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Italy, in its original Glory, Ruine and Revival, being an exact Survey of the whole Geography, and History of that famous County; with the adjacent Islands of Sicily, Malta, &c. And whatever is remarkable in Rome (the Mistress of the World) and all those Towns and Territories, mentioned in anitent and modern Authors. Translated out of the Originals, for general Satisfaction. By Edmund Warcupp, Esquire.
London, Printed by S. Griffin, for H. Twyford, Tho. Dring, and I: Place 1660. - Folio, pp. [8], 327, [9], with an additional engraved title-page (facing the title) and two double-page plates of aerial city plans and architectural views, mounted on stubs; old ink splashes to pp. 31 and 154-5, else a very good, crisp copy in contemporary blind-ruled calf, foot of spine defective.First edition, a translation of Schott's Itinerario d'Italia (first published 1600) by the magistrate Edmund Warcup. For the most part a faithful translation, it was the most important work on Italy in English between Raymond's Itinerary (1648) and Lassell's Voyage of Italy (1670). One original addition is a poem by Edmund Waller on the anatomist Joannes Vesling at Padua (p.'33', i.e. 36); his anatomy lectures were renowned throughout Europe, and were attended by, among others, John Evelyn. This is the first appearance in print of that poem, written in 1646. Waller's own copy of Italy was lot 299 in the 1832 sale of his library. 'Few details now survive of the early life of its author, but Warcup too was a traveller. A nephew of Speaker Lenthall, he went to Italy as a young man, he was secretary to the Parliamentary commissioners with Charles I on the Isle of Wight in the autumn of 1648 and, later on, well known as a Middlesex J. P.' (John Stoye, English Travellers Abroad 1604-1667). On the fringes of the court, he was briefly imprisoned in 1666 and removed from the magistracy. Schott (Franciscus Schottus, Francesco Scoto) of Antwerp, wrote his Itinerario as a guide for pilgrims in the jubilee year of 1600 and it became one of the most successful guidebooks of the day, with numerous editions and translations into Latin, French and English. The Amsterdam edition of 1655 was the first to include engravings.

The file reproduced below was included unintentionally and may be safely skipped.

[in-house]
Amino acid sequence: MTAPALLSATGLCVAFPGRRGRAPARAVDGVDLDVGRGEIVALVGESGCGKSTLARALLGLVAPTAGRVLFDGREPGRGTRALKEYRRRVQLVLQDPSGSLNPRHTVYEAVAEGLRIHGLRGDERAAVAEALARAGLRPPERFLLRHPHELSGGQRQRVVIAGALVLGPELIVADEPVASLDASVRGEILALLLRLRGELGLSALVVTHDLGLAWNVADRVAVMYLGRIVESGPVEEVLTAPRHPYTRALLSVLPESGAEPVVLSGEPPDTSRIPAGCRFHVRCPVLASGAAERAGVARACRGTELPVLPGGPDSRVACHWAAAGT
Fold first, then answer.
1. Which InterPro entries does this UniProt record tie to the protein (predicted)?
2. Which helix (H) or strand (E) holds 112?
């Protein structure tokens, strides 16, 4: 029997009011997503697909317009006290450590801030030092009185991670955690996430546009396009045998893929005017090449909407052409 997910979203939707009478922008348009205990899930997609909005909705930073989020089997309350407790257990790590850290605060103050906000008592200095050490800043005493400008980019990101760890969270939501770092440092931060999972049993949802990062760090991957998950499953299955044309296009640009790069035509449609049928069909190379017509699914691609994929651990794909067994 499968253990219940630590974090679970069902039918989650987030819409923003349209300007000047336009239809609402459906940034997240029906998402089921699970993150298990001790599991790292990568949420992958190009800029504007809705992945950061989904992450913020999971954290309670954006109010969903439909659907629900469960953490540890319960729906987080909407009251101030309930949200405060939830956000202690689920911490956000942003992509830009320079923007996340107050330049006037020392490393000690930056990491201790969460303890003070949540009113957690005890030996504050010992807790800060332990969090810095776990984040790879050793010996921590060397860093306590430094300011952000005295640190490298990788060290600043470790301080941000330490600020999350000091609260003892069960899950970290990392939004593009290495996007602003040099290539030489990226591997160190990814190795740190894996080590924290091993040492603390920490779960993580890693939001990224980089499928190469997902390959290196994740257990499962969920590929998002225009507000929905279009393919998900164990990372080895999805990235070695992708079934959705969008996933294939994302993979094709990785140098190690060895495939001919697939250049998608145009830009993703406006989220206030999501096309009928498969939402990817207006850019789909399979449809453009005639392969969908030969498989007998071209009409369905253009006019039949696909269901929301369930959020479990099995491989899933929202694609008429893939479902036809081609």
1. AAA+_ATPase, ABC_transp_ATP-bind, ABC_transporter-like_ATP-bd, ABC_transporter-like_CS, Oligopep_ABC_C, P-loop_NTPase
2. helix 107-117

[Bookseller: Bernard Quaritch Ltd ABA ILAB]
Last Found On: 2014-12-10           Check availability:      AbeBooks    


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